*** Additional hardware required: ***
- Wi-Fi router for local area network (no internet connection is required)
- PC, PC mouse, keyboard, monitor
- USB cables

Per first responder:
- BRIDGE VR goggles (
- iPhone 6 or 7 (for the VR goggles)
- Perception Neuron body tracking sensors (
- Wireless headphones for athletes (
*** Headset: ***
Our system uses BRIDGE - a production-ready, lightweight mobile headset that is untethered. Therefore there is no risk of getting tangled in cables or having the headset pulled off one's head.

Another safety feature of the headset is being able to sense physical obstacles in its nearest proximity that are not shown in the virtual world. If it happened that there is another person standing within the test space or there is an object that is not part of the installation, when the first responder comes close to it, such object would become highlighted and overlaid in VR.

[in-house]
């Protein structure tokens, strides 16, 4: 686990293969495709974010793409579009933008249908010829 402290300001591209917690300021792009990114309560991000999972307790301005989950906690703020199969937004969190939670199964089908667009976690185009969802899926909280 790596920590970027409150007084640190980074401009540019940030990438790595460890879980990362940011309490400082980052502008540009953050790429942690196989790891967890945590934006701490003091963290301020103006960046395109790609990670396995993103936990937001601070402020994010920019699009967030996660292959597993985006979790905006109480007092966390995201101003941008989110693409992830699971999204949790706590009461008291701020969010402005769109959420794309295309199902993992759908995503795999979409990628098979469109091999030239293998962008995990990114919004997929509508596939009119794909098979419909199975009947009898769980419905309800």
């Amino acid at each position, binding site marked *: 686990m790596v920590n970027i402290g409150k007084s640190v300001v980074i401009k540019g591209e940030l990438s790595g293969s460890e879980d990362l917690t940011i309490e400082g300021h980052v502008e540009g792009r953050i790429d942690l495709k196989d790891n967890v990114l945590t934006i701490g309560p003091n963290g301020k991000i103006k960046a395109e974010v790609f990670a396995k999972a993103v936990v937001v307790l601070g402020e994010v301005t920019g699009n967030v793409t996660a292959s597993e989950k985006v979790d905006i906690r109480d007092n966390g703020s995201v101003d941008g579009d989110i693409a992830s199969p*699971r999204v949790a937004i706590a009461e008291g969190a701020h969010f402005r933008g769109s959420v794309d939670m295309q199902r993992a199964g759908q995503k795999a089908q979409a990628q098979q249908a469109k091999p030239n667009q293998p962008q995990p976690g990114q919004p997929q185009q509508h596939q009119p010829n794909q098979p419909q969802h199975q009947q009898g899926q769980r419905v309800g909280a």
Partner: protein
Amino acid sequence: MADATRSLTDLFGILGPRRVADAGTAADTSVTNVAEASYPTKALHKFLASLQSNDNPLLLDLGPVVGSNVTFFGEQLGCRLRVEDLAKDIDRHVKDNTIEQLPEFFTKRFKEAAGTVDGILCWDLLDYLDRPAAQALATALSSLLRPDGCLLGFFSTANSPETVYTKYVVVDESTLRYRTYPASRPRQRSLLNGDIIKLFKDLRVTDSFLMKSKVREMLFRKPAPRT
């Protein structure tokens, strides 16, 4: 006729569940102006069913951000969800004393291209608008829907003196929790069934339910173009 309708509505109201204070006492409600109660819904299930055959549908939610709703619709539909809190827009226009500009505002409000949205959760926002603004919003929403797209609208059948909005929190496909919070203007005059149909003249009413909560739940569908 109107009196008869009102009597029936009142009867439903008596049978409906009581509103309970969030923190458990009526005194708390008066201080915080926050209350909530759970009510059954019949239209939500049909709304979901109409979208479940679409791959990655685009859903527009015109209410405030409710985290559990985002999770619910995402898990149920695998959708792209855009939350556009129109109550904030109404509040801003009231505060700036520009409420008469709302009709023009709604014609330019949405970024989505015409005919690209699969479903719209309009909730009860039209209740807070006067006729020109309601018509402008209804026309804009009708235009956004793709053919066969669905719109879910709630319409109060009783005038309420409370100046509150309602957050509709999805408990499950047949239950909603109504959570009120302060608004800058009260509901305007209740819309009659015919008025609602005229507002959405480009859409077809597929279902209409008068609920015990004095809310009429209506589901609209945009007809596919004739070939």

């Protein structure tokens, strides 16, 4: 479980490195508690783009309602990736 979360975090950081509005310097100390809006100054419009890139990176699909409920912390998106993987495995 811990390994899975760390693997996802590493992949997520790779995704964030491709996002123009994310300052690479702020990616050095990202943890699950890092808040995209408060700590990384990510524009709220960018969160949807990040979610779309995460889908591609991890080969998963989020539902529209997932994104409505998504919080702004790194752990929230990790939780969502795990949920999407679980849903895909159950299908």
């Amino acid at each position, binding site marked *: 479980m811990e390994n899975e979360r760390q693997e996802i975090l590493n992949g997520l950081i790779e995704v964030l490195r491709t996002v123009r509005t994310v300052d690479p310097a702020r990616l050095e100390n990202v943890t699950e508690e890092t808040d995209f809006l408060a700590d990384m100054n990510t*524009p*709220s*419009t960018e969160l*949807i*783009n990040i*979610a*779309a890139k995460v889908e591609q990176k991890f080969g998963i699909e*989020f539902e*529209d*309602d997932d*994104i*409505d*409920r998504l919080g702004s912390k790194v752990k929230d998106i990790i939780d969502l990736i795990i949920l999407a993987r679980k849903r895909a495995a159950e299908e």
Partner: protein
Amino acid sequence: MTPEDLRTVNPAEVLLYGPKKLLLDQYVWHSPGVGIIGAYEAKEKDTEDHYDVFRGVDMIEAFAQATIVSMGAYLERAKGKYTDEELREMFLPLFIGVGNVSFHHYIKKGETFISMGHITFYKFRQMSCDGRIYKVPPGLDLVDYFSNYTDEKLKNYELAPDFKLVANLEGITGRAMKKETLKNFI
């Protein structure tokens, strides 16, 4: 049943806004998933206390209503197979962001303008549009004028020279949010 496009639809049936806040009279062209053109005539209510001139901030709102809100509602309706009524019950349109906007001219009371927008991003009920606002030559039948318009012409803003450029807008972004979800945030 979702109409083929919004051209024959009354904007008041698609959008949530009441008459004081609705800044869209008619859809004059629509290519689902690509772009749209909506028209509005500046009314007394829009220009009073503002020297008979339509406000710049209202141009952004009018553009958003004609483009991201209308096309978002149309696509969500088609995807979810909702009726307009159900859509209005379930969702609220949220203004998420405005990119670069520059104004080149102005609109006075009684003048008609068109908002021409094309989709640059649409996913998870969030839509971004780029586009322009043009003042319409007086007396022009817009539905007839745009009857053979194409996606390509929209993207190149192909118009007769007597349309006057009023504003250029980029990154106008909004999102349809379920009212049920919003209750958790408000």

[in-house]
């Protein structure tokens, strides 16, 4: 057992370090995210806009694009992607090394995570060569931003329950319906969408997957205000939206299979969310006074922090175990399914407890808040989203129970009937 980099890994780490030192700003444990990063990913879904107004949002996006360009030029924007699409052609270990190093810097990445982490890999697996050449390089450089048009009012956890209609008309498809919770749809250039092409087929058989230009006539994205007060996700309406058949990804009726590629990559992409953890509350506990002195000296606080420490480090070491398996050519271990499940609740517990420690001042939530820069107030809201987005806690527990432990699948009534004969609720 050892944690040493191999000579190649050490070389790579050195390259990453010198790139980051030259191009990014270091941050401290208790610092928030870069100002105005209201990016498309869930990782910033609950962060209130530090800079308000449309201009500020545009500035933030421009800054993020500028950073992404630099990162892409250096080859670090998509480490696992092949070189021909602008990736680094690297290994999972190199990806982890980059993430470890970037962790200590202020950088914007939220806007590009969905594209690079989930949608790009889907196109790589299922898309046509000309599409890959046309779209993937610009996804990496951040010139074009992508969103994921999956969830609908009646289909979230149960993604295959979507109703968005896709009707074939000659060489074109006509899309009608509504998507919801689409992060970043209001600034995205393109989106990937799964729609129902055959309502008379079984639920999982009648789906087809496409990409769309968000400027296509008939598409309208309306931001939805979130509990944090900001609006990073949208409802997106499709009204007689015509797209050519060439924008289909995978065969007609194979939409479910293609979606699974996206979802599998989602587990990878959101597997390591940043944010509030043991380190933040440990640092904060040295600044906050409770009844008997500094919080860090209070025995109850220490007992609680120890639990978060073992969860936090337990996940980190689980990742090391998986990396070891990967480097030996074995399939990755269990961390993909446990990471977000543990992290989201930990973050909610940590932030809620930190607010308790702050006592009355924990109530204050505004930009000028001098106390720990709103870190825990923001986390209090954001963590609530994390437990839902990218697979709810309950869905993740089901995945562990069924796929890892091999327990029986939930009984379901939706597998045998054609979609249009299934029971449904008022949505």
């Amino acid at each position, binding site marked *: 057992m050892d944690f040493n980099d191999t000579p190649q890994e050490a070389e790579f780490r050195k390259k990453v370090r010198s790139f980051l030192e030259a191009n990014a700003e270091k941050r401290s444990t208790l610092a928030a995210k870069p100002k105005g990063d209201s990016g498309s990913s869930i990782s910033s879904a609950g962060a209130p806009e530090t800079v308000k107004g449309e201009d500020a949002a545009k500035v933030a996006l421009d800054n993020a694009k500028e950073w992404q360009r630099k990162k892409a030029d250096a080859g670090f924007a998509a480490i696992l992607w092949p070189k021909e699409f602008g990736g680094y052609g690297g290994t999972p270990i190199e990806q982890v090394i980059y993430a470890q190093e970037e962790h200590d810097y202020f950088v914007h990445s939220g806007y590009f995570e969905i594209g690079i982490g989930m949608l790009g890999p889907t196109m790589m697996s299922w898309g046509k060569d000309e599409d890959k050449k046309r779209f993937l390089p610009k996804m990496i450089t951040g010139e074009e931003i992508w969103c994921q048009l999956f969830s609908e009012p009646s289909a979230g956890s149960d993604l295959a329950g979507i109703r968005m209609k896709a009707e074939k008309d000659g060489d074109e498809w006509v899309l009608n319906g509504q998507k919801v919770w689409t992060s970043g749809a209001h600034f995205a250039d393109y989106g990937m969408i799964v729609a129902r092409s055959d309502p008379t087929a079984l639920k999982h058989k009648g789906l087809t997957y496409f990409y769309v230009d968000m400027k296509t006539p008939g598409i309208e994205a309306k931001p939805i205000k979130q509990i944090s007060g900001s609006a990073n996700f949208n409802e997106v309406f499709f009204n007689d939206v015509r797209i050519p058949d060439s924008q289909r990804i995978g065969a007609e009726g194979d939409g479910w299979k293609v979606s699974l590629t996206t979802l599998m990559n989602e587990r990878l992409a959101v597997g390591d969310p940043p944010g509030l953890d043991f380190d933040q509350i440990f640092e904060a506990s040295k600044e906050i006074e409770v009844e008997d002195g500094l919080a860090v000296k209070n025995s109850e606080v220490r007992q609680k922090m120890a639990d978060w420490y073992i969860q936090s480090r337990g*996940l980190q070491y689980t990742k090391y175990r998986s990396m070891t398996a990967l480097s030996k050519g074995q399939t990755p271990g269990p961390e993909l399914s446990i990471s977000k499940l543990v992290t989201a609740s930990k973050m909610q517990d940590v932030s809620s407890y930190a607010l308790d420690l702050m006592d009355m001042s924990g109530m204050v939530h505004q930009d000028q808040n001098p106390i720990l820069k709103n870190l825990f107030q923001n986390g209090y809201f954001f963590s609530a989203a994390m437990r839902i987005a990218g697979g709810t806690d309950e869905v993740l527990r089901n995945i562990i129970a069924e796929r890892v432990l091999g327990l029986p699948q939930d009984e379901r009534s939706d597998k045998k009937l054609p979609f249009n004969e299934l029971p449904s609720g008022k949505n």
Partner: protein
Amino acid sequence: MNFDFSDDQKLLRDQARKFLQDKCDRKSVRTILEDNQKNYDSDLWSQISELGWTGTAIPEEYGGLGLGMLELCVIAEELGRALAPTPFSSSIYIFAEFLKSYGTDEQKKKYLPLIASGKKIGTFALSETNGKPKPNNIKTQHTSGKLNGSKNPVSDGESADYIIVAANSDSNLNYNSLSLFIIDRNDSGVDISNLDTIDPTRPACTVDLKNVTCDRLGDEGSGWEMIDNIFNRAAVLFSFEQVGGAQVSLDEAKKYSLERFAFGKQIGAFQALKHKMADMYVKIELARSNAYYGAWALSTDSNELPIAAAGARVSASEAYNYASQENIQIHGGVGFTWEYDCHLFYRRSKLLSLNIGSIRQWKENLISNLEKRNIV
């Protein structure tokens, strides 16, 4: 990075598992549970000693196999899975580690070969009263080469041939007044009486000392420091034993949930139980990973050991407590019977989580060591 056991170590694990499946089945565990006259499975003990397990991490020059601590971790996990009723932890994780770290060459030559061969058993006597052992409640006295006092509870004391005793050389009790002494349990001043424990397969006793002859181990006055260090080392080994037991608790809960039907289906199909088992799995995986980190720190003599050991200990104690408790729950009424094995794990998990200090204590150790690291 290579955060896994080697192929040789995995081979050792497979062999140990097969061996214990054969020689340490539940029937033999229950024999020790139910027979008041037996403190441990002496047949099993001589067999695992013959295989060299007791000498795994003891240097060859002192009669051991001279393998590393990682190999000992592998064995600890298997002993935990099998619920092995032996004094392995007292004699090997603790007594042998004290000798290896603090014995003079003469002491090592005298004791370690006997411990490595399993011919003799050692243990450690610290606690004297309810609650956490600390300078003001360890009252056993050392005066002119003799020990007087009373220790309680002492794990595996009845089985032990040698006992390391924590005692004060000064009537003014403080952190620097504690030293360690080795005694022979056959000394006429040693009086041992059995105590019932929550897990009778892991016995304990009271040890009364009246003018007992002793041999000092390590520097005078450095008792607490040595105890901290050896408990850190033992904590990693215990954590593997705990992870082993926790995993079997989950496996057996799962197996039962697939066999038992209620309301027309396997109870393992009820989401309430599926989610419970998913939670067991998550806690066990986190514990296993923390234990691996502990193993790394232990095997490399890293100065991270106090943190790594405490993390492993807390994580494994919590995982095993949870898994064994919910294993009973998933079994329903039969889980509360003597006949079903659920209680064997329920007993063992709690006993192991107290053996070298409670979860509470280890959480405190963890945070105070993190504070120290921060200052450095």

*** Full-body tracking: ***
The Perception Neuron body tracking system is capable of tracking full body up to individual fingers, providing next level of comfort and realism to the VR experiences. The first responder will feel comfortable being able to see their limbs as they are in real world instead of not seeing them at all or seeing just floating hands, as it tends to be in most VR experiences.

Also, Perception Neuron doesn't require holding anything in hands and is wireless, not only giving the first responder the ability to operate other devices but also being able to support themselves naturally if they lose balance or fall.